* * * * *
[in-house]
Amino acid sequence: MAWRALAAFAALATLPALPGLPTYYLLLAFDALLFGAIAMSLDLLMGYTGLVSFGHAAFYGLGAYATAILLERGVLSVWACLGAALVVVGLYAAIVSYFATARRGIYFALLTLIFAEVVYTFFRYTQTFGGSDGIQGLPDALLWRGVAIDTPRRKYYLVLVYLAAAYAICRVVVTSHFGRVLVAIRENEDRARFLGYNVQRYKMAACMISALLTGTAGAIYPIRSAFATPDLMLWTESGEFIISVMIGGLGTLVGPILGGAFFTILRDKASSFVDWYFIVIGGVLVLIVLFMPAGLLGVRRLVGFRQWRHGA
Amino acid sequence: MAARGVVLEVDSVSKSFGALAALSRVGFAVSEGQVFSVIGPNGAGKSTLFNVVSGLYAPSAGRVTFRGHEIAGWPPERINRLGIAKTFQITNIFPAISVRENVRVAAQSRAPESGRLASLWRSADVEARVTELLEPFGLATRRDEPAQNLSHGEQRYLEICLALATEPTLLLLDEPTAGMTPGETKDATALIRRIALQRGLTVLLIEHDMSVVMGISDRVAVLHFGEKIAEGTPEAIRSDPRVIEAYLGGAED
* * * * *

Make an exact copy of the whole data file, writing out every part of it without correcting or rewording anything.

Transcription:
[in-house]
Amino acid sequence: MAWRALAAFAALATLPALPGLPTYYLLLAFDALLFGAIAMSLDLLMGYTGLVSFGHAAFYGLGAYATAILLERGVLSVWACLGAALVVVGLYAAIVSYFATARRGIYFALLTLIFAEVVYTFFRYTQTFGGSDGIQGLPDALLWRGVAIDTPRRKYYLVLVYLAAAYAICRVVVTSHFGRVLVAIRENEDRARFLGYNVQRYKMAACMISALLTGTAGAIYPIRSAFATPDLMLWTESGEFIISVMIGGLGTLVGPILGGAFFTILRDKASSFVDWYFIVIGGVLVLIVLFMPAGLLGVRRLVGFRQWRHGA
Amino acid sequence: MAARGVVLEVDSVSKSFGALAALSRVGFAVSEGQVFSVIGPNGAGKSTLFNVVSGLYAPSAGRVTFRGHEIAGWPPERINRLGIAKTFQITNIFPAISVRENVRVAAQSRAPESGRLASLWRSADVEARVTELLEPFGLATRRDEPAQNLSHGEQRYLEICLALATEPTLLLLDEPTAGMTPGETKDATALIRRIALQRGLTVLLIEHDMSVVMGISDRVAVLHFGEKIAEGTPEAIRSDPRVIEAYLGGAED